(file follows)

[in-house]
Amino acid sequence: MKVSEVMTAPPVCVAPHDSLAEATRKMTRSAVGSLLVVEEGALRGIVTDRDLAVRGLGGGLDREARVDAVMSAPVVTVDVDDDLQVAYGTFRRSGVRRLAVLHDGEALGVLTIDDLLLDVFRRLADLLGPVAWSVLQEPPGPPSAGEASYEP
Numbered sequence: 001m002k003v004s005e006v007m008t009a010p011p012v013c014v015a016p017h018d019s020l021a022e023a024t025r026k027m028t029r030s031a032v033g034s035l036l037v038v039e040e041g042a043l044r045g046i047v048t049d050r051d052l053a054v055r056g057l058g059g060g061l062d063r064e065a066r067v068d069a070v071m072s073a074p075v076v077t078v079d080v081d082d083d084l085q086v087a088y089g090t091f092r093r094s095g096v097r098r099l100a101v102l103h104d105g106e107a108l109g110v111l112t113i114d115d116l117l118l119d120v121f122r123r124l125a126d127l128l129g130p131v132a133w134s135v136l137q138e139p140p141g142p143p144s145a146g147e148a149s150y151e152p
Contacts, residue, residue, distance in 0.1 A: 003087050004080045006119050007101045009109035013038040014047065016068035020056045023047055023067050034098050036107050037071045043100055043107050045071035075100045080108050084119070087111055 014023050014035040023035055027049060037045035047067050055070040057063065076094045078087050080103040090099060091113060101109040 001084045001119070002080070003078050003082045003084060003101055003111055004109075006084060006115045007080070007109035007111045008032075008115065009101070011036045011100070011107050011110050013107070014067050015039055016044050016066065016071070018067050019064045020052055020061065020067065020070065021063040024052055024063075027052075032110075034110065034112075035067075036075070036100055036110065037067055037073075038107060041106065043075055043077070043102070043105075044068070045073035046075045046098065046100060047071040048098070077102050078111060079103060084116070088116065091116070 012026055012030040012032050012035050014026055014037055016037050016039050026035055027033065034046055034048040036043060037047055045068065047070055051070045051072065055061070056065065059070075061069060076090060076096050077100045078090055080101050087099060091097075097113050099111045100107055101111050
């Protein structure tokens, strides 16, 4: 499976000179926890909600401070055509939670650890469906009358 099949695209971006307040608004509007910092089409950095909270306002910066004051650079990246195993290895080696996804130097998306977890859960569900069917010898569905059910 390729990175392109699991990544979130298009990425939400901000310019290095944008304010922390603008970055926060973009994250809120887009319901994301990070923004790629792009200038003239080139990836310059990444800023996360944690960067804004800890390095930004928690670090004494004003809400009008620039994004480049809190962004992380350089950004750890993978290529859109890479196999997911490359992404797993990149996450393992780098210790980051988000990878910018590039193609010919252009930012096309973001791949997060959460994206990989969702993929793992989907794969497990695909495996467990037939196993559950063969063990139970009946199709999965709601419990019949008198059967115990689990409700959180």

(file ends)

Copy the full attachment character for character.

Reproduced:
[in-house]
Amino acid sequence: MKVSEVMTAPPVCVAPHDSLAEATRKMTRSAVGSLLVVEEGALRGIVTDRDLAVRGLGGGLDREARVDAVMSAPVVTVDVDDDLQVAYGTFRRSGVRRLAVLHDGEALGVLTIDDLLLDVFRRLADLLGPVAWSVLQEPPGPPSAGEASYEP
Numbered sequence: 001m002k003v004s005e006v007m008t009a010p011p012v013c014v015a016p017h018d019s020l021a022e023a024t025r026k027m028t029r030s031a032v033g034s035l036l037v038v039e040e041g042a043l044r045g046i047v048t049d050r051d052l053a054v055r056g057l058g059g060g061l062d063r064e065a066r067v068d069a070v071m072s073a074p075v076v077t078v079d080v081d082d083d084l085q086v087a088y089g090t091f092r093r094s095g096v097r098r099l100a101v102l103h104d105g106e107a108l109g110v111l112t113i114d115d116l117l118l119d120v121f122r123r124l125a126d127l128l129g130p131v132a133w134s135v136l137q138e139p140p141g142p143p144s145a146g147e148a149s150y151e152p
Contacts, residue, residue, distance in 0.1 A: 003087050004080045006119050007101045009109035013038040014047065016068035020056045023047055023067050034098050036107050037071045043100055043107050045071035075100045080108050084119070087111055 014023050014035040023035055027049060037045035047067050055070040057063065076094045078087050080103040090099060091113060101109040 001084045001119070002080070003078050003082045003084060003101055003111055004109075006084060006115045007080070007109035007111045008032075008115065009101070011036045011100070011107050011110050013107070014067050015039055016044050016066065016071070018067050019064045020052055020061065020067065020070065021063040024052055024063075027052075032110075034110065034112075035067075036075070036100055036110065037067055037073075038107060041106065043075055043077070043102070043105075044068070045073035046075045046098065046100060047071040048098070077102050078111060079103060084116070088116065091116070 012026055012030040012032050012035050014026055014037055016037050016039050026035055027033065034046055034048040036043060037047055045068065047070055051070045051072065055061070056065065059070075061069060076090060076096050077100045078090055080101050087099060091097075097113050099111045100107055101111050
């Protein structure tokens, strides 16, 4: 499976000179926890909600401070055509939670650890469906009358 099949695209971006307040608004509007910092089409950095909270306002910066004051650079990246195993290895080696996804130097998306977890859960569900069917010898569905059910 390729990175392109699991990544979130298009990425939400901000310019290095944008304010922390603008970055926060973009994250809120887009319901994301990070923004790629792009200038003239080139990836310059990444800023996360944690960067804004800890390095930004928690670090004494004003809400009008620039994004480049809190962004992380350089950004750890993978290529859109890479196999997911490359992404797993990149996450393992780098210790980051988000990878910018590039193609010919252009930012096309973001791949997060959460994206990989969702993929793992989907794969497990695909495996467990037939196993559950063969063990139970009946199709999965709601419990019949008198059967115990689990409700959180």